0 Guest Report post Posted February 5, 2008 Maybe this has already been posted. A friend asked me this a while back, and I answered her in less than a minute. She said I was a genius. But I said there were two ways to arrive at the answer, and I simply chose the easier way. A 6-inch hole is drilled through a sphere. What is the volume of the remaining portion of the sphere? The hard way involves calculus. The easy way uses logic. I feel like the kid getting off the short bus. However, I am determined to understand this. Where in the original post does it state that the hole will leave only 6 inches left around it? It says "A 6-inch hole". I read that as either a hole 6 inches deep or a hole 6 inches in diameter. Either way, it's not very big and will take away essentially nothing from an object the size of the earth. Now you guys are making it sound as if (from a 2D standpoint) there is a circle with all but six inches cut out. I am seeing something that looks more like a bracelet than a doughnut. (I do appreciate the patience with the slow kid, too.) Am I just completely misunderstanding the wording of the question? Share this post Link to post Share on other sites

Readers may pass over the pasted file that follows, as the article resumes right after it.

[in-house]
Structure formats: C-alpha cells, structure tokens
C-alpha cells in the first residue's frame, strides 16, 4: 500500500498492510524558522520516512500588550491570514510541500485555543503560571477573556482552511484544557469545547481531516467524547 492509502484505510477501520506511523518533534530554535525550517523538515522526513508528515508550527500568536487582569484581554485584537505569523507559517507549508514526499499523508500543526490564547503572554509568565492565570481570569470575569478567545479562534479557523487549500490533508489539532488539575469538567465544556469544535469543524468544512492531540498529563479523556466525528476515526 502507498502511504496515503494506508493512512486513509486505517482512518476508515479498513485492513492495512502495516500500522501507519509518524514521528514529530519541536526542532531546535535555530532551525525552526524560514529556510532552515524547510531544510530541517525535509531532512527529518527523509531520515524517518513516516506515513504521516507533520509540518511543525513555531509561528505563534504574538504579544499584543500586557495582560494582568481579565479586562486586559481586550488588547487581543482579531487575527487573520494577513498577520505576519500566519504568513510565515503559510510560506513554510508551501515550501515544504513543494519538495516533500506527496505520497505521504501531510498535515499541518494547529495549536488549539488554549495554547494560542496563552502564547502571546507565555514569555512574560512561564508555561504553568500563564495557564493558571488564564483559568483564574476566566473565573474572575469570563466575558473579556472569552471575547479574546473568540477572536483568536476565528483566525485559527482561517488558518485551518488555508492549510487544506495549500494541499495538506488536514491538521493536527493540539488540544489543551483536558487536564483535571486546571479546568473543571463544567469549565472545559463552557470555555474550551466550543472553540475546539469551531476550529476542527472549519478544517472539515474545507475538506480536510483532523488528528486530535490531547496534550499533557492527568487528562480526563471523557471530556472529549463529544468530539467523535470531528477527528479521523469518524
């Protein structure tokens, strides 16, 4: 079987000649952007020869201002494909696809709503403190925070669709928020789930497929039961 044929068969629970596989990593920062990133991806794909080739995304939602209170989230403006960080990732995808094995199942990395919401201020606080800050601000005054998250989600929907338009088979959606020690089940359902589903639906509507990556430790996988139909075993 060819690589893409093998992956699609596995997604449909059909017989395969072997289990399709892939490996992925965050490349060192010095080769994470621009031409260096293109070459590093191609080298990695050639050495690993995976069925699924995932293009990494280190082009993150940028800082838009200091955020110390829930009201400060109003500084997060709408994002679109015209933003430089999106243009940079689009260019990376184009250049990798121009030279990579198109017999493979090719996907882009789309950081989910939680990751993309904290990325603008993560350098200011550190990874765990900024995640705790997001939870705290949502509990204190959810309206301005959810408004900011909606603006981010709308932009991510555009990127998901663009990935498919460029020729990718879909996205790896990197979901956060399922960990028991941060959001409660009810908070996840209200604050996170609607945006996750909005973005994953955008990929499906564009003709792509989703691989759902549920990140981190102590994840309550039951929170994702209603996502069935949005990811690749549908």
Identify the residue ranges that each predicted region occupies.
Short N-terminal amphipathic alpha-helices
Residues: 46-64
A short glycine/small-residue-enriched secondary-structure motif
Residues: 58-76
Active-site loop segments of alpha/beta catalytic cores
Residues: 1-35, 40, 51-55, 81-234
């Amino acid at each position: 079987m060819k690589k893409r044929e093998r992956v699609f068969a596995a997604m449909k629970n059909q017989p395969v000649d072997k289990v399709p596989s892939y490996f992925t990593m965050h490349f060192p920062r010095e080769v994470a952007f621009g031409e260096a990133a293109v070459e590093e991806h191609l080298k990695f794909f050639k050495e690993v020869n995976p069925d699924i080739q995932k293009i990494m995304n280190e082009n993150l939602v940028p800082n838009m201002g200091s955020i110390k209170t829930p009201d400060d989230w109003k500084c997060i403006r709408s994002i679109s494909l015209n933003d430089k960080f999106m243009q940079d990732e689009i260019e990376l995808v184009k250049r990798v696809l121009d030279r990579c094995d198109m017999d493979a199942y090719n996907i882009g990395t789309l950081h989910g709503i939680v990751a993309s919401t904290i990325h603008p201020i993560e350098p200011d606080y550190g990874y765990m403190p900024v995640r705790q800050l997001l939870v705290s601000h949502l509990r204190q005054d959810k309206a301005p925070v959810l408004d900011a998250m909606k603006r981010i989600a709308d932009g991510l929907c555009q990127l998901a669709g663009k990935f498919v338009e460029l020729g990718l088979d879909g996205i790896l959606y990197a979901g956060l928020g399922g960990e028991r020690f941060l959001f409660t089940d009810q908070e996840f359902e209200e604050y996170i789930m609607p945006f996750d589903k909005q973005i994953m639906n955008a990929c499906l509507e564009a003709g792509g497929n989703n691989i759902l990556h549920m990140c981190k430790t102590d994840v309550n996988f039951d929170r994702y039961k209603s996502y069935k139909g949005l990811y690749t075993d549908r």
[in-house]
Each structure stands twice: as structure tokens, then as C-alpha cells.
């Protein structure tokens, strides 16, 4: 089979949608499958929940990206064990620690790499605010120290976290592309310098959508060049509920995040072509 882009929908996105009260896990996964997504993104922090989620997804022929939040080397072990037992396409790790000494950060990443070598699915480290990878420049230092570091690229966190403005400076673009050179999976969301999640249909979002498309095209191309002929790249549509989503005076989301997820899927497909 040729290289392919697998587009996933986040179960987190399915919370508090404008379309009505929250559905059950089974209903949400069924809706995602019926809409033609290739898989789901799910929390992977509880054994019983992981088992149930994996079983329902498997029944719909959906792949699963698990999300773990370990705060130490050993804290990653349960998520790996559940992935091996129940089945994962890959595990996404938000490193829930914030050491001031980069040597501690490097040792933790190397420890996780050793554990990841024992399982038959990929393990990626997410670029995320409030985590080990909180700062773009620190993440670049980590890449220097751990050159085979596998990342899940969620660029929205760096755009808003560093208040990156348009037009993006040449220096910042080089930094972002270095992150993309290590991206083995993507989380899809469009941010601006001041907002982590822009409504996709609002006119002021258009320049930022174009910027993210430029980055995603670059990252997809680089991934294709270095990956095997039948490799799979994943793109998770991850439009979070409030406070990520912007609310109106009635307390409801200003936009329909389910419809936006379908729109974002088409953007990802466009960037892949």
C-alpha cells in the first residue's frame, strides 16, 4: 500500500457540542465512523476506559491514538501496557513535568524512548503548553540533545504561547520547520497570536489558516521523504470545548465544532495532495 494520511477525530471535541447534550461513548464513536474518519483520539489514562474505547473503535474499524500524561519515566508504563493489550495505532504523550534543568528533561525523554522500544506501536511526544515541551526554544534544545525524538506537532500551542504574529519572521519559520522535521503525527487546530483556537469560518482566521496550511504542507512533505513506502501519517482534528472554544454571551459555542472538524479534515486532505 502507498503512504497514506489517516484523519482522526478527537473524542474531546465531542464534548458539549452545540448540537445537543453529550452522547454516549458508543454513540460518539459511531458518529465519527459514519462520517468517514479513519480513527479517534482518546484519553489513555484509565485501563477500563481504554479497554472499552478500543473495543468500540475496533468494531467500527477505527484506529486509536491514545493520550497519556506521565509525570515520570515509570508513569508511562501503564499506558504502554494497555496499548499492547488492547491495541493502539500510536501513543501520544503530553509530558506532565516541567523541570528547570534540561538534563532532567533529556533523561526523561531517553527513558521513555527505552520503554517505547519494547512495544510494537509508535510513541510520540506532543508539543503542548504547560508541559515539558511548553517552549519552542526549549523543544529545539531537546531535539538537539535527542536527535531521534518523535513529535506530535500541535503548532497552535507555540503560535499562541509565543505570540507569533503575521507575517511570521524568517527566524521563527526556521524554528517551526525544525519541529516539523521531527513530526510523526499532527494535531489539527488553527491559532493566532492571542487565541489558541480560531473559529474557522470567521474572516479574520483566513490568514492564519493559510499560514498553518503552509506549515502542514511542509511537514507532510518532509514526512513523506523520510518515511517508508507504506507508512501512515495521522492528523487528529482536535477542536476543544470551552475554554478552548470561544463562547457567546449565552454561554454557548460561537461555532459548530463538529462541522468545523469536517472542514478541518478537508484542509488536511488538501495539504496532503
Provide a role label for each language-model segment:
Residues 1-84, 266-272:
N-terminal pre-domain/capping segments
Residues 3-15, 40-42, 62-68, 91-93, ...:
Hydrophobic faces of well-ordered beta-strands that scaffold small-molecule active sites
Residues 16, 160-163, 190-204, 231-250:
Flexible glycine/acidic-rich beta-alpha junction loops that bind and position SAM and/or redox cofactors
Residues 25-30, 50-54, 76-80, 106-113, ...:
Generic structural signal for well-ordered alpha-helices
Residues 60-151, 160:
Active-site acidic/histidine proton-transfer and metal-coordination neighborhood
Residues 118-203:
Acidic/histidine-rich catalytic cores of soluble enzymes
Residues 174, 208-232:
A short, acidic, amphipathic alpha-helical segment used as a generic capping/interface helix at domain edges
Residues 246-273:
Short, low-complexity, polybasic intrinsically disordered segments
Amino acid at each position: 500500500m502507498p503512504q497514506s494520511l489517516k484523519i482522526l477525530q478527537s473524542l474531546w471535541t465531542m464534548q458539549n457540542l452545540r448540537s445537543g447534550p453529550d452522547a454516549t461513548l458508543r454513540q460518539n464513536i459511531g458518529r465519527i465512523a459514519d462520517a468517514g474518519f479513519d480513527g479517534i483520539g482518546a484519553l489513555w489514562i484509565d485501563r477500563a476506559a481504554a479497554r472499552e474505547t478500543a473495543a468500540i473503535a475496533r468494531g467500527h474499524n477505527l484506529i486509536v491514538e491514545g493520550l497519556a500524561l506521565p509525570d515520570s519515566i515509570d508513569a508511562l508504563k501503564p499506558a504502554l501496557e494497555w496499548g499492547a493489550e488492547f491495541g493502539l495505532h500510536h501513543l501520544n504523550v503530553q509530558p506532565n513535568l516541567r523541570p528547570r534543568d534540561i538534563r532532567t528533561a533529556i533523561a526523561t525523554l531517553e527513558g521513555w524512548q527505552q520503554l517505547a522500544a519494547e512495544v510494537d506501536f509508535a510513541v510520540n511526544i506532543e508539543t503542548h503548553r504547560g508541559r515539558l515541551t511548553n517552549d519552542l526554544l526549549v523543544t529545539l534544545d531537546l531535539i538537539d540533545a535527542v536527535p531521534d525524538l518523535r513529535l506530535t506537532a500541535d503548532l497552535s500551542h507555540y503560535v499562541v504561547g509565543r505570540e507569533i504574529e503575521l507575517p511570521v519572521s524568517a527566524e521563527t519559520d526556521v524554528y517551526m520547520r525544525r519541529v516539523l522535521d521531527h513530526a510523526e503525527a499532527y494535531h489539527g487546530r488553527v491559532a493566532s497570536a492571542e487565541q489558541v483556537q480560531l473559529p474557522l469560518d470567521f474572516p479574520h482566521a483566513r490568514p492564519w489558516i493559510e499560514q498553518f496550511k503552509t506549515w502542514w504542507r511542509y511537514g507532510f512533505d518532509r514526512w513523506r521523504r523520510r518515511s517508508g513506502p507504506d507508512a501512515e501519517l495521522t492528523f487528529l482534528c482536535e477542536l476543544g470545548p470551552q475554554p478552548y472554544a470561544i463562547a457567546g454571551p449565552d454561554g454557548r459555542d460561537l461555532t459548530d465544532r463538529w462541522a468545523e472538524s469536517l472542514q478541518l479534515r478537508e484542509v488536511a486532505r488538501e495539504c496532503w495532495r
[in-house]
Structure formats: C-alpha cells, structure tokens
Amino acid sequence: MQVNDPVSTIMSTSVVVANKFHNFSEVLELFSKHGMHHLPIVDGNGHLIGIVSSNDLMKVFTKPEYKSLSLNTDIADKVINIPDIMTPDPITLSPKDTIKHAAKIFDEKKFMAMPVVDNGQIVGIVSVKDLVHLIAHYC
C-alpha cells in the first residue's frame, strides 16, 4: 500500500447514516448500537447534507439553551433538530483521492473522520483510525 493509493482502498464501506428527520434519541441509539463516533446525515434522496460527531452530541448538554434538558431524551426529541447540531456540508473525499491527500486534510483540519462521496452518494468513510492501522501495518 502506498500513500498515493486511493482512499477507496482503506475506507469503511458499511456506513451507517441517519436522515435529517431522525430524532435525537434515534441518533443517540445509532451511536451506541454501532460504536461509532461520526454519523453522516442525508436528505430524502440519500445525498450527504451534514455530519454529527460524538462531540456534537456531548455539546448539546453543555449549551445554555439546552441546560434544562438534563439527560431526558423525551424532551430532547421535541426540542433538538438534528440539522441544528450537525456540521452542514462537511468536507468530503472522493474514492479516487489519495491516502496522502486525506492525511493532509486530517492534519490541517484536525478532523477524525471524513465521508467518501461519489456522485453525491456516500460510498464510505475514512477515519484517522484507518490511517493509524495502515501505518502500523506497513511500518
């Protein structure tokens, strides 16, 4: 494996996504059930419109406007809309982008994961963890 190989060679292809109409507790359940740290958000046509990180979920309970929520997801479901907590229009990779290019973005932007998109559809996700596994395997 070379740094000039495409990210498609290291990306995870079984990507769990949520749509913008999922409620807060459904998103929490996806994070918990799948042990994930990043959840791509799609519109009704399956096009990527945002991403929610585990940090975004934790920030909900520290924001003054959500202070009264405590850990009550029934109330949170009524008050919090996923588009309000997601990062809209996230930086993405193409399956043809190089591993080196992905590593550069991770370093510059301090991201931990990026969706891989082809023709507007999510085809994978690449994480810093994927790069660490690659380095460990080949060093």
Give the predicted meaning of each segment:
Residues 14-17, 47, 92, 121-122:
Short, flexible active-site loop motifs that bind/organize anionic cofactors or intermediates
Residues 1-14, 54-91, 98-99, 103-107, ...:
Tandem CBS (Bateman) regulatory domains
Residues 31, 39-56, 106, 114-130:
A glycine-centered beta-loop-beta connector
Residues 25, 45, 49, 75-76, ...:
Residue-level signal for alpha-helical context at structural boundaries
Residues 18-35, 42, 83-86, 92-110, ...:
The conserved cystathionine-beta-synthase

0 roolstar 0 Report post Posted February 5, 2008 I feel like the kid getting off the short bus. However, I am determined to understand this. Where in the original post does it state that the hole will leave only 6 inches left around it? It says "A 6-inch hole". I read that as either a hole 6 inches deep or a hole 6 inches in diameter. Either way, it's not very big and will take away essentially nothing from an object the size of the earth. Now you guys are making it sound as if (from a 2D standpoint) there is a circle with all but six inches cut out. I am seeing something that looks more like a bracelet than a doughnut. (I do appreciate the patience with the slow kid, too.) Am I just completely misunderstanding the wording of the question? Not at all Jkyle1980 ! I followed your posts on this forum very closely and know exactly how "SLOW" you are! You are completely right (at least I think so), I was completely mislead by the same fact as well: It was not so clear in the OP. But once I read (in an later post) that the cylinder left AFTER the drilling is 6 inch high, I saw the effect of drilling the 6 inch hole through earth more clearly... And it does look more like a bracelet too! Share this post Link to post Share on other sites